The already booming e-commerce sector in India is showing signs of entering into ‘massification’ — the second phase of the growth trajectory that global e-retail has followed, according to a report by Bain & Company and Flipkart. The report predicts that the Indian e-retail market is primed to reach nearly 300 to 350 million shoppers over the next five years—propelling the online Gross Merchandise Value (GMV) to $100 to 120 billion by 2025. (Read the full report here)
The $850 billion Indian retail market is currently the fourth largest in the world and is largely unorganized. But led by the online revolution and its growing influence on Indian shoppers, it is on the cusp of a transformation.
The report found that growing internet population coupled with cheap data and online penetration in mobiles and electronics was already changing the online commerce landscape in recent years. Even though Covid-19 caused an inflection in e-commerce penetration globally driven by consumers’ need for safety and convenience, the study noted that India’s online retail growth story will continue to be an exciting one.
E-tailers to enter a new growth phase
The study claims that while the sector saw a surge in the last five years, there is “significant headroom for further growth”. While the current e-retail industry in India currently only constitutes 3.4% of the overall market, the report said the sector will “reach massive scale” and will be driven by access to cheap mobile data for nearly one billion consumers by 2030.
It added that this will lead to growing online spending by digital natives, and innovations such as vernacular-based interfaces, as well as voice and visual searches.
“We expect fashion categories to play a critical role in acquiring online customers, similar to the mature markets of the US and China,” said the report.
In fact, the report pointed out that India is showing similar levels of shopper penetration that China had eight years ago.
Changing consumer trends
The authors expect India’s e-commerce growth story to be inclusive—one that empowers the sellers and consumers both. For the consumers, it will provide convenient access to a wide assortment of products across all geographies and income segments. For sellers including SMEs and MSMEs, it will provide an unprecedented impetus, by creating an easy access to a large base of customers across the country and keeping their stores running 24/7.
The report highlighted that over the past year, consumer engagement with online platforms has increased, but a visitor spends less than nine minutes per visit on an e-retail platform.
Also, one in two visitors browses the image gallery and only one in 15 click the detailed product description, indicating that brands and sellers should invest in high quality product images and high impact summary product descriptions.
Interestingly, online shoppers browse more than 20 product pages before making a purchase. For categories like mobiles and women’s ethnic wear, consumers browse about 50-60 product pages before purchasing one.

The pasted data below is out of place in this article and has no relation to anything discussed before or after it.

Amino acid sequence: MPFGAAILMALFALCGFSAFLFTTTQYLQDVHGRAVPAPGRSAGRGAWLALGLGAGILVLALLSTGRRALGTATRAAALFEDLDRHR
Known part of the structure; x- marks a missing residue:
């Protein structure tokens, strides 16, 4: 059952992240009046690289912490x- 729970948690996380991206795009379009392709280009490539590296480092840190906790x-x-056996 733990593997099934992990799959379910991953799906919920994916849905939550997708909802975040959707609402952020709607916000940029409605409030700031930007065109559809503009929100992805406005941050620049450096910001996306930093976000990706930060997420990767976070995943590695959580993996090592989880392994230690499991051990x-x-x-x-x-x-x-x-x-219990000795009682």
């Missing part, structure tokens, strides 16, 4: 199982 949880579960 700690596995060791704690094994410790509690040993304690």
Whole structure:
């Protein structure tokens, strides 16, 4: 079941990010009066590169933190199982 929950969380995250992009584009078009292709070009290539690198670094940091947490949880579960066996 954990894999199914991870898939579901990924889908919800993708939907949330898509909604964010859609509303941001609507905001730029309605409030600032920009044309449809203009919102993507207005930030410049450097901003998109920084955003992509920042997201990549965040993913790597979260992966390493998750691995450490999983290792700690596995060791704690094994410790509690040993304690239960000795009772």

The road to success for E-tailers
The report noted that out of 100 existing online shoppers, 30% increased their spending in categories they had already shopped for during the pandemic. However, with the lockdown and struggle for getting non-essential online delivery, sales fell as online retail firms were restricted from shipping non-essential products.
Nonetheless, the report noted that majority of shoppers will come from Tier 2 and small towns and drive the next phase of ecommerce growth. The growth will be fueled by a major drop in internet data rates, increasing share of Millennials and Gen Z among the population and high online reach of categories such as mobile phones and electronics.
Hence, going forward, the study states that e-retailers are likely to invest across four key areas to win the next wave of Indian shoppers:
– Voice and Vernacular: By 2021, 500 million vernacular speakers are expected to be online, versus 200 million English speakers. At the same time, the number of voice searches on Google has almost tripled in the last year.
– Visual and Video: Video consumption in tier-2 and smaller towns in India grew 4 times in the last year.
– Social Shopping: 50+ private equity and venture capital investments in social commerce were closed in the last five years. In China, e-retailers are trying to win women shoppers in tier-3 and tier-4 towns through social shopping.
– Ecosystems: Multiple digitally-led ecosystems are emerging in India as online retailers try to tap into more customer purchase occasions and win a higher share of their time and spending.
“Ecosystems attract a huge customer base, which in turn attracts retailers who want easy access to a critical mass of consumers. And customers gain a one-stop shop for all their needs,” said Arpan Sheth, partner and leader of Bain & Company’s Asia-Pacific Technology, Vector and Advanced Analytics Practices.
To conclude, the above projections clearly paint a rosy picture for all the existing eCommerce players in India. Clearly, the country’s e-tail growth hasn’t emerged in isolation. This growth is majorly attributed to cheap mobile data plans that made the internet accessible to a large segment of the population, alongside accessibility of e-tail giants like Flipkart and Amazon catering to customers from all city tiers.
Despite suffering an approximate loss of $1 billion due to the COVID-19 outbreak, it seems that there’s no stopping this sector. In the next few years, as the number of online shoppers in India increases, there would also be a huge window of opportunity for individual brands to have set up their own eStore and rely less on marketplaces such as Flipkart and Amazon. And that’s going to be yet another interesting space to watch.